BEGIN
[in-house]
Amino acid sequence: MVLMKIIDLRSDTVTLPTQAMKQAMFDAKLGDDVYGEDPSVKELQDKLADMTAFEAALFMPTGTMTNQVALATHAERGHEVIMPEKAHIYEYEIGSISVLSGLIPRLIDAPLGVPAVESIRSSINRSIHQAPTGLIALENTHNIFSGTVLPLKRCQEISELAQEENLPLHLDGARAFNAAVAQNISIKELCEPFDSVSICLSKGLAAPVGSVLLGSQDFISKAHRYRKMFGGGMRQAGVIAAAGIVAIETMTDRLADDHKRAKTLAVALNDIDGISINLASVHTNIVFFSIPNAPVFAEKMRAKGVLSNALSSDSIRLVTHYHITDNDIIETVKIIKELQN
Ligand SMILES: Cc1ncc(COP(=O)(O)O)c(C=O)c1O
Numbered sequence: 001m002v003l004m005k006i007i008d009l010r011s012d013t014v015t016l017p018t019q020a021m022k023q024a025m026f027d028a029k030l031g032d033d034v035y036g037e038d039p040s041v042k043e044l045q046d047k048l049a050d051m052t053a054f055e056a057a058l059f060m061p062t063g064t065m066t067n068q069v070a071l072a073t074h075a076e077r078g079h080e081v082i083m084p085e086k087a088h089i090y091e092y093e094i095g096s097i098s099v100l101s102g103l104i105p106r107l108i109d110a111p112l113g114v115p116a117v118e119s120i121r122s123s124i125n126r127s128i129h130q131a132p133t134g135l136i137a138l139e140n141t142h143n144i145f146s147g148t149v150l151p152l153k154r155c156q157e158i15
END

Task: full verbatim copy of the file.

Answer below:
[in-house]
Amino acid sequence: MVLMKIIDLRSDTVTLPTQAMKQAMFDAKLGDDVYGEDPSVKELQDKLADMTAFEAALFMPTGTMTNQVALATHAERGHEVIMPEKAHIYEYEIGSISVLSGLIPRLIDAPLGVPAVESIRSSINRSIHQAPTGLIALENTHNIFSGTVLPLKRCQEISELAQEENLPLHLDGARAFNAAVAQNISIKELCEPFDSVSICLSKGLAAPVGSVLLGSQDFISKAHRYRKMFGGGMRQAGVIAAAGIVAIETMTDRLADDHKRAKTLAVALNDIDGISINLASVHTNIVFFSIPNAPVFAEKMRAKGVLSNALSSDSIRLVTHYHITDNDIIETVKIIKELQN
Ligand SMILES: Cc1ncc(COP(=O)(O)O)c(C=O)c1O
Numbered sequence: 001m002v003l004m005k006i007i008d009l010r011s012d013t014v015t016l017p018t019q020a021m022k023q024a025m026f027d028a029k030l031g032d033d034v035y036g037e038d039p040s041v042k043e044l045q046d047k048l049a050d051m052t053a054f055e056a057a058l059f060m061p062t063g064t065m066t067n068q069v070a071l072a073t074h075a076e077r078g079h080e081v082i083m084p085e086k087a088h089i090y091e092y093e094i095g096s097i098s099v100l101s102g103l104i105p106r107l108i109d110a111p112l113g114v115p116a117v118e119s120i121r122s123s124i125n126r127s128i129h130q131a132p133t134g135l136i137a138l139e140n141t142h143n144i145f146s147g148t149v150l151p152l153k154r155c156q157e158i15